Many battles and wars that shaped the history of the world were concluded not only from the efforts of leaders and heroes but by spies as well. Numerous espionage and spy-hunting efforts were launched to gain information and secure victories, which many times proved successful. Because of intelligence brought by agents and double-crossers, many lives were saved or lost and history was shaped. Here are 25 betrayals that changed the course of history.
20. The First Black Double Agent (James Armistead)
www.sar.org Armistead was an African American slave that became a double agent spy for the United States in 1781. He pretended to be a British spy and gained the confidence of Generals Arnold and Cornwallis only to gather information about the British plans for troop and arms deployment and send them to American spies. His espionage greatly helped the Americans secure victory during the Battle of Yorktown.
15. The Charming Spy (Fritz Joubert Duquesne)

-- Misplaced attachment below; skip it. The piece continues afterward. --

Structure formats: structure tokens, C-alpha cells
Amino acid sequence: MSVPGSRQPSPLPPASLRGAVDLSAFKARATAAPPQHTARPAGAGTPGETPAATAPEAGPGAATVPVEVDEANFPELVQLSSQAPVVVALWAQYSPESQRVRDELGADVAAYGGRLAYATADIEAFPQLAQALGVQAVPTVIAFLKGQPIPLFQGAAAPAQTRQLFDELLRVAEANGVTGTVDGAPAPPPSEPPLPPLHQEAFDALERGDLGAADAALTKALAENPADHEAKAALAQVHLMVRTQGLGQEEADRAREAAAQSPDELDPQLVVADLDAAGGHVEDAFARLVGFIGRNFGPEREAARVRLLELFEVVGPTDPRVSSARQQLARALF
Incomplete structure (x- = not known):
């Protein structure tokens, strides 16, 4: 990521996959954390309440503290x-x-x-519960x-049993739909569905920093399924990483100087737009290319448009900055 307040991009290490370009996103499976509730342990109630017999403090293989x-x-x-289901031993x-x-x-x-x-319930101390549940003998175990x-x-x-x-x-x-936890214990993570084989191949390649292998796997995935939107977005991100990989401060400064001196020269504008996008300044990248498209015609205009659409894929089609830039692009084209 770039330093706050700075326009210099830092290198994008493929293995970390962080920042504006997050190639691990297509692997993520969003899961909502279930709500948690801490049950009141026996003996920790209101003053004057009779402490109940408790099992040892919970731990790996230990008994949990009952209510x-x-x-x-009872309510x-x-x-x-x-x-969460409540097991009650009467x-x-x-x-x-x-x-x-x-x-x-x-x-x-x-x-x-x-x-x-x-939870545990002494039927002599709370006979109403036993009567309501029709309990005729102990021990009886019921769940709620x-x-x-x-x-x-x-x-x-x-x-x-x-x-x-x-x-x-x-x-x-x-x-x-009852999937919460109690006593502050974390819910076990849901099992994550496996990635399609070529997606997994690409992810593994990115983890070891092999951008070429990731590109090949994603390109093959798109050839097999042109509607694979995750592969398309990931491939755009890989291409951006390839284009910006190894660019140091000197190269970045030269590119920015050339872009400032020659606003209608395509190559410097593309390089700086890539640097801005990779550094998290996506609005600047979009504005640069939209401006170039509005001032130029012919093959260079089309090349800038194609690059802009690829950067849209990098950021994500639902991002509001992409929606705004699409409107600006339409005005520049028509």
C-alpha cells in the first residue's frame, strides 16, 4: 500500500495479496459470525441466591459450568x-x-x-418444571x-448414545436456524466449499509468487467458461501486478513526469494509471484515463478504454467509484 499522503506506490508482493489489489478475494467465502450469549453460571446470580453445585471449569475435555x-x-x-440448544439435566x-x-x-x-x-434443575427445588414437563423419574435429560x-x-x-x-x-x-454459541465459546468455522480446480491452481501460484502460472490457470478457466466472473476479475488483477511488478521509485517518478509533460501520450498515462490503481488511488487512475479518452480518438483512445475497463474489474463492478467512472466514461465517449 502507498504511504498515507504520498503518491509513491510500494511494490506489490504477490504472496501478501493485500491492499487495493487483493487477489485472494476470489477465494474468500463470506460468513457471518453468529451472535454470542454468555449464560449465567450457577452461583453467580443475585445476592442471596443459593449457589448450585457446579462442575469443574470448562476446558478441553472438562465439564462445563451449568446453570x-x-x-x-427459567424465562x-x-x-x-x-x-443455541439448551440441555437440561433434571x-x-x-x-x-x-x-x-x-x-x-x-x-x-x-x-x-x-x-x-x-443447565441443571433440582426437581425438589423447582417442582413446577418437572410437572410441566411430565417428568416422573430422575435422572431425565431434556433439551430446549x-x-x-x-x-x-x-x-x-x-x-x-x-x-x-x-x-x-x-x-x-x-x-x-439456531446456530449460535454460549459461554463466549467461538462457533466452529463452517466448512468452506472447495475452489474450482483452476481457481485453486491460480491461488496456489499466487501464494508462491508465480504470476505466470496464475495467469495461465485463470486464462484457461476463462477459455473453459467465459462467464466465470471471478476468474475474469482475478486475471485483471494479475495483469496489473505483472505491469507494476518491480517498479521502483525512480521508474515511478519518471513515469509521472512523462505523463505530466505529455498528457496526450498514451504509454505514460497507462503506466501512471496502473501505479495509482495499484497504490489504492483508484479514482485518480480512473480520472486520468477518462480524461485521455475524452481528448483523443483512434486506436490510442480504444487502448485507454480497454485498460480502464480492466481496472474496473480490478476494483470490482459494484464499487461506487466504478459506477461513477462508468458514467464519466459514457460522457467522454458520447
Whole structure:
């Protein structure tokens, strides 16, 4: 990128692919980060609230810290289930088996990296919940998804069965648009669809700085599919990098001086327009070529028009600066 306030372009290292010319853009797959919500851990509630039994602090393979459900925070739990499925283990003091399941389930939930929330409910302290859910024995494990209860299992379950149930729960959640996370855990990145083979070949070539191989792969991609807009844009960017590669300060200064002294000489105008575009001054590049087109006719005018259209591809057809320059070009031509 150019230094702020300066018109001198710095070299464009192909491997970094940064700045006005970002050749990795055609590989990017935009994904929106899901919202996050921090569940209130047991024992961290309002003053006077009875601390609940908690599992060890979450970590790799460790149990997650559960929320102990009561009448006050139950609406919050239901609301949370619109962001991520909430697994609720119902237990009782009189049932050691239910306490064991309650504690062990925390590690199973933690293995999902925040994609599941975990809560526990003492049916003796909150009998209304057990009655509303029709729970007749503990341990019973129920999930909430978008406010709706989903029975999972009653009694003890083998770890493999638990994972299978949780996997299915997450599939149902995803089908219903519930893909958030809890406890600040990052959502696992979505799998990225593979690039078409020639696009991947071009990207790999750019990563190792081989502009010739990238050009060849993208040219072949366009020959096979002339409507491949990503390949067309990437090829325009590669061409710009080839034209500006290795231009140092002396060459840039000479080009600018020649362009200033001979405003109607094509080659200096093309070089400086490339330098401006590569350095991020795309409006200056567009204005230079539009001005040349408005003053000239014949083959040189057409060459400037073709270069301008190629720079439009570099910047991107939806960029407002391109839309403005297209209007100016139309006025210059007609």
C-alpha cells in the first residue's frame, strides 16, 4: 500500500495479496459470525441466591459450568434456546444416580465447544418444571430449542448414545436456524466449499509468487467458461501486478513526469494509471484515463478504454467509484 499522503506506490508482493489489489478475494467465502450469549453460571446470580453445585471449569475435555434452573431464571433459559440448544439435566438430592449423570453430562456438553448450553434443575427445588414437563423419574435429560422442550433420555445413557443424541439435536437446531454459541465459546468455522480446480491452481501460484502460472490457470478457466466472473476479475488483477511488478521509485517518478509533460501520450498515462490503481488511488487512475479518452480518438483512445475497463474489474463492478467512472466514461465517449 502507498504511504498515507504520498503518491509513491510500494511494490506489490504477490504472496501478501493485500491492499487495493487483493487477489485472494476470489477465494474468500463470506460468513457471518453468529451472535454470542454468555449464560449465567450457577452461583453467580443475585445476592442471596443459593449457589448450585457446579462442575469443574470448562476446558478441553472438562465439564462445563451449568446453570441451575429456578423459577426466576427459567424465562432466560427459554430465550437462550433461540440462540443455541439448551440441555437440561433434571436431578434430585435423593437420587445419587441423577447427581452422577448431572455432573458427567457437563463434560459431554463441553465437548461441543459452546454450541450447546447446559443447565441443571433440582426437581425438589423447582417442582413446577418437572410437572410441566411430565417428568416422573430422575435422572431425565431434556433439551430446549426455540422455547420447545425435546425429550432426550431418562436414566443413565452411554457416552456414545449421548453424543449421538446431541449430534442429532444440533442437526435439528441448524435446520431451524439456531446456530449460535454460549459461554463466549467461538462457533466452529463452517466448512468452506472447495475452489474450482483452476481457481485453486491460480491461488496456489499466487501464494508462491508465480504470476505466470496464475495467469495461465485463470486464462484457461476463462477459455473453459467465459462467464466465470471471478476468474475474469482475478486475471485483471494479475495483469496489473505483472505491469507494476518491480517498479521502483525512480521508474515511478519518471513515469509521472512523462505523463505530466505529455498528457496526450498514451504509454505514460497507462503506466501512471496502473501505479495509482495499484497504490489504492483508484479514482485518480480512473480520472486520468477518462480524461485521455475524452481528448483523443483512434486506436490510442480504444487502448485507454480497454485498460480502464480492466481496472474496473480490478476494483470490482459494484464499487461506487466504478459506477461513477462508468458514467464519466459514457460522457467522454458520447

xman.idnes.cz Duquesne is one of the prominent members of the Duquesne Spy Ring which was dubbed the largest espionage conviction in the United States. He was a German spy that relayed significant amounts of information regarding Allied weaponry and shipping movements to Germany and was responsible for numerous murders and arson. One of his greatest achievements as a spy was the sinking of HMS Hampshire in 1916.
10. The Catholic Treason (Guy Fawkes)
www.sevdaselim.net Contributing to the “largest one act of treason in English history”, Fawkes was a member of the group of English Catholics who started the failed treason plan, the Gunpowder Plot in 1605. He joined against the Protestant Dutch and fought for the Spanish in the Low Countries during the Eighty Years’ War. He was part of the plan to assassinate King James I by guarding 36 barrels of gunpowder but was found by the authorities, sentencing him to death by hanging.
5. Partners in Crime (Julius and Ethel Rosenberg)
perspective.usherbrooke.ca The Rosenbergs were a married couple who were convicted of committing espionage during the height of the Cold War. They sold information about the atomic bomb to the Soviet Union and also recruited spies for the Russians. Upon capture by the FBI, their co-conspirators confessed about the espionage and were not executed while the couple were sentenced with Capital Punishment in 1953.
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